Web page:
Labour Unions Postulates and Development of Federal Labour Legislation to the New Deal Era In The United States of America

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Marcin Graban

Abstract

The second part of 19th century and the beginning of 20th century is a time of rapid growth among labour unions in the United States. During this period labour unions and associations changed from trade unions to common unions accepting a wider spectrum of workers. In this article, I present the development of the labour legislation in the United States from the point of view of the labour union postulations, starting from the first regulations through to the legislation of the New Deal era. I focus on three specific areas: the child labour problem, the minimum wage question and the working hours regulations. Along these lines, I compare labour union and workers association postulates with state and federal legislation and the solutions of problems, from the beginning of American labour unions to the New Deal era.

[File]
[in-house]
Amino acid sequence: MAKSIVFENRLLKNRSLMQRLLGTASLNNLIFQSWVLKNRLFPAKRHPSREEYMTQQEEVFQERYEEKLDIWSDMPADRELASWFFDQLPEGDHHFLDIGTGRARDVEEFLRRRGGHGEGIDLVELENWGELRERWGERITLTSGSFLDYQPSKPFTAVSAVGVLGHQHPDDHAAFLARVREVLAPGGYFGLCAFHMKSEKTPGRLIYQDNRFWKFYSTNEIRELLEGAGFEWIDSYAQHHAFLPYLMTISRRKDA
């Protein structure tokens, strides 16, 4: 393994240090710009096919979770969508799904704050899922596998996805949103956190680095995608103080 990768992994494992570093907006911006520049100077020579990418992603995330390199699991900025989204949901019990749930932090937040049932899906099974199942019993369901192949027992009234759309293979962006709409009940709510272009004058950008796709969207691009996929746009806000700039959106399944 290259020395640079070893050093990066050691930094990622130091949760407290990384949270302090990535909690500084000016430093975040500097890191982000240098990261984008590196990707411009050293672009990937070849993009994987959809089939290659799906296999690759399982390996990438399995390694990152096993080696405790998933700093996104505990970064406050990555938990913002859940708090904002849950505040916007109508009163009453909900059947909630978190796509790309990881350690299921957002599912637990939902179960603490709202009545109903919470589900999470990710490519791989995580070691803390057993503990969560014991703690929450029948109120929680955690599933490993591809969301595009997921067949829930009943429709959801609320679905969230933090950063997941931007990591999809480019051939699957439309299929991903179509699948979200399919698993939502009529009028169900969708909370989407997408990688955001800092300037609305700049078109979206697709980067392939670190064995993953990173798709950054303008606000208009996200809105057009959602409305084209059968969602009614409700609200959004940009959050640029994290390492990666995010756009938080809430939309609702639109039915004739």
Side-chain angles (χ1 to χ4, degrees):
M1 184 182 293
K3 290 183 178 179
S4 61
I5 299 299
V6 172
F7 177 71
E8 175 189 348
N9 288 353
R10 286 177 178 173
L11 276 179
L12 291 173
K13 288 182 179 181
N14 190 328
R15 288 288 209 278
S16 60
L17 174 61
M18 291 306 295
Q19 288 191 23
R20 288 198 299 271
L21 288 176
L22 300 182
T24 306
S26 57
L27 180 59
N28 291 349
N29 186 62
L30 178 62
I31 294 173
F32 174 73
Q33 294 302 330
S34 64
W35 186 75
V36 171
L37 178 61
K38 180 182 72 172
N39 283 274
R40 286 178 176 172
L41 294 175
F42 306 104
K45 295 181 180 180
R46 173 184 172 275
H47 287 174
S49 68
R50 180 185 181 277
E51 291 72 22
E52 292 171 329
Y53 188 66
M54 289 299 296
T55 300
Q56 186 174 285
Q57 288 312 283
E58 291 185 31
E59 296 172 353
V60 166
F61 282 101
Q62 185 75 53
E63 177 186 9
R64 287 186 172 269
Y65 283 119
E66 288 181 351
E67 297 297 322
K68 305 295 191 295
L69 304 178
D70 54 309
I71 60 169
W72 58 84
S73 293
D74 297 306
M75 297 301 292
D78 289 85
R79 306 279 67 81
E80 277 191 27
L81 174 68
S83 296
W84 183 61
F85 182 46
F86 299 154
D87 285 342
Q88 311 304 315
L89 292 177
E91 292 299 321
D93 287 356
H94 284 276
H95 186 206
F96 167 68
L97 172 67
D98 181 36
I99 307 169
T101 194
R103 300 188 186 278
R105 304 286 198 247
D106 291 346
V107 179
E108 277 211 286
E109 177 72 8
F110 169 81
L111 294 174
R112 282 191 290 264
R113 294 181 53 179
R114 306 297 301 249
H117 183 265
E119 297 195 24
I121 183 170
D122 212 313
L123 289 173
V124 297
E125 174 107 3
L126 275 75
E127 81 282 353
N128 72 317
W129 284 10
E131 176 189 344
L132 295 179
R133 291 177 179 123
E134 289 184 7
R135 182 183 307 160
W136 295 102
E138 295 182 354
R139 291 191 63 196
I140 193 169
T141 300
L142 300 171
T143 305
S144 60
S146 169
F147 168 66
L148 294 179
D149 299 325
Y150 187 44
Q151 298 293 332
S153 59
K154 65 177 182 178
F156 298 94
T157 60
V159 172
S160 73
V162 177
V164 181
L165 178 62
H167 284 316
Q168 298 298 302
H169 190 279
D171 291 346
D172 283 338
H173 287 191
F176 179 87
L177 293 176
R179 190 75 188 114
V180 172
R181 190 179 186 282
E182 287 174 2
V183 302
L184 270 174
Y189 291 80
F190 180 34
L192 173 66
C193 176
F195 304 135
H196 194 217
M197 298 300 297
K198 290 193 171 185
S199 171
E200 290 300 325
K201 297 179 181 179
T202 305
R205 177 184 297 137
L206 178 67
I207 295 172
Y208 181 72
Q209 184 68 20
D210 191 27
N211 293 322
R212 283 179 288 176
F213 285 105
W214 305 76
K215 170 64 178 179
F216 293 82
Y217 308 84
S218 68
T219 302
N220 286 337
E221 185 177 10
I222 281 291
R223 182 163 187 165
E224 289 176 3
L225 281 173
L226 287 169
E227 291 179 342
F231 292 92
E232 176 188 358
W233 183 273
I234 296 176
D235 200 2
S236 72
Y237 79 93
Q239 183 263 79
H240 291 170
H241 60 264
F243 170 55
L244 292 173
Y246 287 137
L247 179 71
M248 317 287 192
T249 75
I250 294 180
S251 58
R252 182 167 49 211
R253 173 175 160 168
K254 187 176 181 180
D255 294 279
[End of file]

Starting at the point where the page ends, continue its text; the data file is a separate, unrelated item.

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How to Cite
Graban, M. (2012). Labour Unions Postulates and Development of Federal Labour Legislation to the New Deal Era In The United States of America. Studia Historiae Oeconomicae, 30, 153-173. Retrieved from https://pressto.amu.edu.pl/index.php/sho/article/view/28953
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Articles
Author Biography

Marcin Graban, Adam Mickiewicz University, Poznań

Marcin Graban – PhD in History (2005) at Kazimierz Wielki University in Bydgoszcz. Assistant professor at Economic History, Adam Mickiewicz University, Poznań. Areas of interests: American history, labour and labour unions history, 19th century industrial and social history, history of emigration.